HIGH SCHOOL DROP OUT
OR WORLD'S MOTORSPORT LEADING AERODYNAMIC DESIGNER
For a lad who left school at 16, the plum job of
technical director at the McLaren International racing team would probably
seem like a lofty and impossible dream. You just don't get that kind of
post if you've flunked college, do you? Well, yes, actually you do. And
Adrian Newey, the new incumbent at McLaren, is living proof. Not only did
he drop out of school but, when he eventually got himself into higher education,
he almost failed to finish that as well. "At one point I almost dropped
out of university altogether," he says. "I was thinking: 'I just can't
do this.' "
It's an extraordinary admission from a man who
is now acknowledged as world motorsport's leading aerodynamic engineer.
A quiet, slightly self-effacing 39-year-old, Newey is in such demand that
he is in a position to choose who he works for, rather than a team choosing
ADRIAN NEWEY AT THE McLAREN
His current expertise is the peak of a lifetime's
slow accumulation of knowledge, starting with some very rough-and-ready
self-taught mechanics. The son of a Warwickshire vet, Newey was always
fascinated by cars and spent hours as a boy assembling the popular Tamiya
1/12th scale model F1 kits. "They were great because they taught you about
all the components of a racing car," he says. "All the parts were labelled
'rear upright' and 'rear top wishbone', which taught you which bits were
which as well as the terminology involved."
Despite his technical interest, it was driving
that first attracted him to motorsport. "When I got into my teens I wanted
to go karting, but my father said: 'Well, I'm not going to spoil you, so
I will give you a pound for every one you earn on a paper round'.
"So the money available for karting wasn't great.
I bought this knackered old Barlotti kart with a Villiers engine and off
I went. It was hopeless, but it did teach me to maintain and modify it,
which I think sparked my interest in the technical side."
Unfortunately, Newey was too busy wrestling with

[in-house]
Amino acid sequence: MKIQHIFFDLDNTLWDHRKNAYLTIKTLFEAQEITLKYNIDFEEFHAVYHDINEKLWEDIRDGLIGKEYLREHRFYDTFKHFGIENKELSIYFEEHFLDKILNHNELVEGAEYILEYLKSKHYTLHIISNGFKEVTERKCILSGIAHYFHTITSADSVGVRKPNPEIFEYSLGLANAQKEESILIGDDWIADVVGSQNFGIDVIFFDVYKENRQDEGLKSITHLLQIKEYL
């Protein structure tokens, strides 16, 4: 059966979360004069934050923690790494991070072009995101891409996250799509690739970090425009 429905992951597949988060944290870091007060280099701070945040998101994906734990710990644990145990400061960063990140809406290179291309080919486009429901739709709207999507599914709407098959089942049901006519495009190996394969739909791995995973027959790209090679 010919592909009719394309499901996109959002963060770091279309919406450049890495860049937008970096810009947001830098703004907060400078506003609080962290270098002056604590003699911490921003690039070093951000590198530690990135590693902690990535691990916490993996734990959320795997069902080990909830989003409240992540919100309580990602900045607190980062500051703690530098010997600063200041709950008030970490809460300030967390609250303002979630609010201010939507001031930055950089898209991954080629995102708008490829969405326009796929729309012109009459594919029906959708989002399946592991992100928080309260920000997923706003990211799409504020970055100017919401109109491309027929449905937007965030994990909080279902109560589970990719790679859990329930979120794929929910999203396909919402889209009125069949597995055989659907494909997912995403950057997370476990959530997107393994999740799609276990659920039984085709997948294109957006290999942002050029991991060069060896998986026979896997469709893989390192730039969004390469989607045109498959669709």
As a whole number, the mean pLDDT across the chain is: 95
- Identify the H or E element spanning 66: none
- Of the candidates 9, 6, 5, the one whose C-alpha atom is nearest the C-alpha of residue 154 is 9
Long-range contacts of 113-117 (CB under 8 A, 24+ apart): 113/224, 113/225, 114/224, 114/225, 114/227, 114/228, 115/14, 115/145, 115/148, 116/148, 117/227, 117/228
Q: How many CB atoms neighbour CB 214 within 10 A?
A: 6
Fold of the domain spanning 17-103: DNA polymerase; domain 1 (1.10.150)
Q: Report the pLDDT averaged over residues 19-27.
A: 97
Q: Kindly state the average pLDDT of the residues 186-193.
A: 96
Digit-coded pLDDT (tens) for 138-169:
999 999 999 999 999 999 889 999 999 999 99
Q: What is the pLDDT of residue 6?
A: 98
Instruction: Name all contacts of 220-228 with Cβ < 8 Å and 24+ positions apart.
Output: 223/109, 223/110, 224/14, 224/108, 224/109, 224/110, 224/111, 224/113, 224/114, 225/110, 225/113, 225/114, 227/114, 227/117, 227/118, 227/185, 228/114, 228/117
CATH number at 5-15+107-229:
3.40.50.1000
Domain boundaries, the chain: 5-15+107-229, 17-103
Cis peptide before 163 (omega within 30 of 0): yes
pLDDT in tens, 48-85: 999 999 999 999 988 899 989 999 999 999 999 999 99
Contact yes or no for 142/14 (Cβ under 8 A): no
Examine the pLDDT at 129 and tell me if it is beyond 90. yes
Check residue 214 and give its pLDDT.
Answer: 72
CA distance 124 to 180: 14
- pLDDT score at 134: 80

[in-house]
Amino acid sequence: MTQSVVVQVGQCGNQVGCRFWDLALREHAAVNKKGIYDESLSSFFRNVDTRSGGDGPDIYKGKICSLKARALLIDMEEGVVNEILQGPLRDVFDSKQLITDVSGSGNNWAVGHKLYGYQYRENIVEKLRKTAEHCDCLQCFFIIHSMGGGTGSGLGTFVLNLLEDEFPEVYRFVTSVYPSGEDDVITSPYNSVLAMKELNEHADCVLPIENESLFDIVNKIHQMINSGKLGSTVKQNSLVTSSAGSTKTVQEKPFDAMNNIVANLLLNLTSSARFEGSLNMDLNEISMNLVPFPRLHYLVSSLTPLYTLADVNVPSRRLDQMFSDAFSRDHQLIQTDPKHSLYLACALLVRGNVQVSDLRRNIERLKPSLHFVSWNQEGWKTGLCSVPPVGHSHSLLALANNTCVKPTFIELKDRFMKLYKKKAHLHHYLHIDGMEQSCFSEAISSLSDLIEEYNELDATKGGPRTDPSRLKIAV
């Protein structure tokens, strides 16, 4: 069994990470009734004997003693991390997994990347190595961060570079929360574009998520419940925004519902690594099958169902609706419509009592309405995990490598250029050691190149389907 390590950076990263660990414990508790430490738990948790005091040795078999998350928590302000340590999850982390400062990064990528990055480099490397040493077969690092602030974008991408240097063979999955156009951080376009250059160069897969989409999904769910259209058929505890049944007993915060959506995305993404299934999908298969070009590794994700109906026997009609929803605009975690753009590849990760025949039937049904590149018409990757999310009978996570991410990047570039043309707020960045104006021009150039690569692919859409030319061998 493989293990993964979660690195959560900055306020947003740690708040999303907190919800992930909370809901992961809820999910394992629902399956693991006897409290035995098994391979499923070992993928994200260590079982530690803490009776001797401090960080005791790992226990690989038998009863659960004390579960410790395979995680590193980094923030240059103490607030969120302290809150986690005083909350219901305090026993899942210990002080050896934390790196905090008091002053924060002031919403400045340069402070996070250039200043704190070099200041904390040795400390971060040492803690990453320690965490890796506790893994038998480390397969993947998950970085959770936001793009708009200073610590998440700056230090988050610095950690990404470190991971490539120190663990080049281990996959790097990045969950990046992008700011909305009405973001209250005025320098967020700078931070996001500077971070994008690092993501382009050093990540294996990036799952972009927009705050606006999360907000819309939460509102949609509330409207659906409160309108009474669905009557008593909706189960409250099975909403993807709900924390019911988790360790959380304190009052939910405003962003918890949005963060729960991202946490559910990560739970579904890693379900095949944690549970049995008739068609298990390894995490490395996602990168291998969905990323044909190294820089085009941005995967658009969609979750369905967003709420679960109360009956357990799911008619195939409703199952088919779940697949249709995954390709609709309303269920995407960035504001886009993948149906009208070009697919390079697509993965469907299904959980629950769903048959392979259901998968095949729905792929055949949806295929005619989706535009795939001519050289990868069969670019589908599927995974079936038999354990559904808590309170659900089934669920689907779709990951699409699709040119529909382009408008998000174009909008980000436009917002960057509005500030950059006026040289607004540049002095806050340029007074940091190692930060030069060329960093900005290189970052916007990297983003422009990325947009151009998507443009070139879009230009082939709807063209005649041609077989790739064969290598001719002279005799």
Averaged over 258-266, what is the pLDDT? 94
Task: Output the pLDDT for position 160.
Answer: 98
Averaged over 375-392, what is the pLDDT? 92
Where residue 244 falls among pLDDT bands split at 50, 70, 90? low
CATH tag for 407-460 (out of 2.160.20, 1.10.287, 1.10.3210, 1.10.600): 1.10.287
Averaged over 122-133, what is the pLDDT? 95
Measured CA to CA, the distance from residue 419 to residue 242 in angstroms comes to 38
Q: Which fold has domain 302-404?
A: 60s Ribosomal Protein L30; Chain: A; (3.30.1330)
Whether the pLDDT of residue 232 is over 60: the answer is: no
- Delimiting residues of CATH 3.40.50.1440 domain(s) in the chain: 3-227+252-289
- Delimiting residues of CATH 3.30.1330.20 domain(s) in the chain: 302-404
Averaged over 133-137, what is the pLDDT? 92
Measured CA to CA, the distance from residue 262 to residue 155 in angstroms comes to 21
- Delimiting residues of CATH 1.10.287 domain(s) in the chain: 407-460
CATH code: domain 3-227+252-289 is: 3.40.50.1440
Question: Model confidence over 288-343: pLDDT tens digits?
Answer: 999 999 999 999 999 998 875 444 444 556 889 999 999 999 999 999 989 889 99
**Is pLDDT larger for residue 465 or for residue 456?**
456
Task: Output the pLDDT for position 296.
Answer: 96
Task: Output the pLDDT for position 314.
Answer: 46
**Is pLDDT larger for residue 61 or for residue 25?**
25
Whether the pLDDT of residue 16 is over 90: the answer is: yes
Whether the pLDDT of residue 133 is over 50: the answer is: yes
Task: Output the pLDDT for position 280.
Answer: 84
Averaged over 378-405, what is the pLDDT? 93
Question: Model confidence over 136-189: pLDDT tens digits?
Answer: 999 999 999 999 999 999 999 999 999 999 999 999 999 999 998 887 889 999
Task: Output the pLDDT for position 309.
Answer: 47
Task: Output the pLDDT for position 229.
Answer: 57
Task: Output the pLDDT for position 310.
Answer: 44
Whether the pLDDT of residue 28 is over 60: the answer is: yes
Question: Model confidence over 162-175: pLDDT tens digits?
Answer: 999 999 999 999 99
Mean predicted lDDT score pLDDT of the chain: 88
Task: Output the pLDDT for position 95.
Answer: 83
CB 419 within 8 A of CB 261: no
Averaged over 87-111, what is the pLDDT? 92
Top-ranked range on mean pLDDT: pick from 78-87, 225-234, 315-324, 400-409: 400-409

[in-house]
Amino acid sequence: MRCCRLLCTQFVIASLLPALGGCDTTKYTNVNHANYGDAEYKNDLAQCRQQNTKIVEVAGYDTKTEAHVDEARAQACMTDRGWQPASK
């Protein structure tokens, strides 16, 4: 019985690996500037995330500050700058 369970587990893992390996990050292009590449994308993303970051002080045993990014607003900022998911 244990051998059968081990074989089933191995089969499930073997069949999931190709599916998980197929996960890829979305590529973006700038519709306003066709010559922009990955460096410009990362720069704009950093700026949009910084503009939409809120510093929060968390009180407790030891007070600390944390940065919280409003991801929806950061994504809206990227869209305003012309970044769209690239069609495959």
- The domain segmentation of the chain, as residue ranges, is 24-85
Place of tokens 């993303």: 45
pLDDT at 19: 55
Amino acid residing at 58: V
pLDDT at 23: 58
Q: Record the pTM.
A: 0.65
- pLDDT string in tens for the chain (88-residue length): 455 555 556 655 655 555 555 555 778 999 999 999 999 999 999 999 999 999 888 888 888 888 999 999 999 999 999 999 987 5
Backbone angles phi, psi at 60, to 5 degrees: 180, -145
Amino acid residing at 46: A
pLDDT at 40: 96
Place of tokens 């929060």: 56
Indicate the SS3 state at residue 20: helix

his education to think about a full-time career in motorsport - and he
wasn't a star pupil. "I left school early - under a bit of a cloud, I have
to admit," he grins. "Then I did an OND [Ordinary National Diploma] at
the local technical college, which helped me get into Southampton University.
To be honest, I was lucky to get in because this OND wasn't really equivalent
to A-levels. I had a struggle keeping up."
Once there, however, Newey luckily met Ian Reed,
who offered him a job when he went on to become one of many draftsmen at
March Engineering. "To March's enormous credit, it recommended that I carry
on with my degree course," he says. " Just as well, because it was only
that, plus some timely encouragement from my lecturer, that persuaded me
to stay on."
He graduated with a degree in astronautics and
aeronautics and, at his subsequent position with March, at Bicester, quickly
gained a reputation for aerodynamic innovation. "I'd done that particular
degree because I felt racing cars were closer to aircraft than to road
cars," he says. "As a result, my final-year project was on ground-effect
aerodynamics. That proved very useful, because when I was subsequently
writing to every racing team for a job I could point to this fact. It was
also lucky timing, I suppose, because this was 1980, the year when ground-effect
technology in F1 was really taking off."
March boss Robin Herd was something of a mentor
to Newey and the diversity of the company's business meant that the fledgling
engineer learned a lot in a short time. The company was involved in F2,
sports cars and even built a special closed-circuit record car, but it
was on the high-speed ovals of the US Indycar championship that Newey really
honed his skills. It led him to the post of chief designer with the March
team when it returned to F1 in 1988, a role which he retained until 1991
when he accepted an invitation to join Williams to work alongside Patrick
Yet, as Newey concedes, even by that time the
days when a single individual was almost solely responsible for the design
of a specific grand prix car had long passed. Now, as he is quick to emphasise,
it's a question of teamwork. "I try to be good at delegation," he says,
"but I suppose you should really ask the people I worked with at Williams;
it might be a bit early to ask that question at McLaren! I think it's important
that people are given a reasonably free rein so that they can express themselves
in engineering terms - provided it's within the overall team structure,
So does he feel that leaving Williams late on
in 1997 for McLaren was a career step - to graduate from chief designer
to technical director? "I think, ultimately, Patrick [Head] and I got on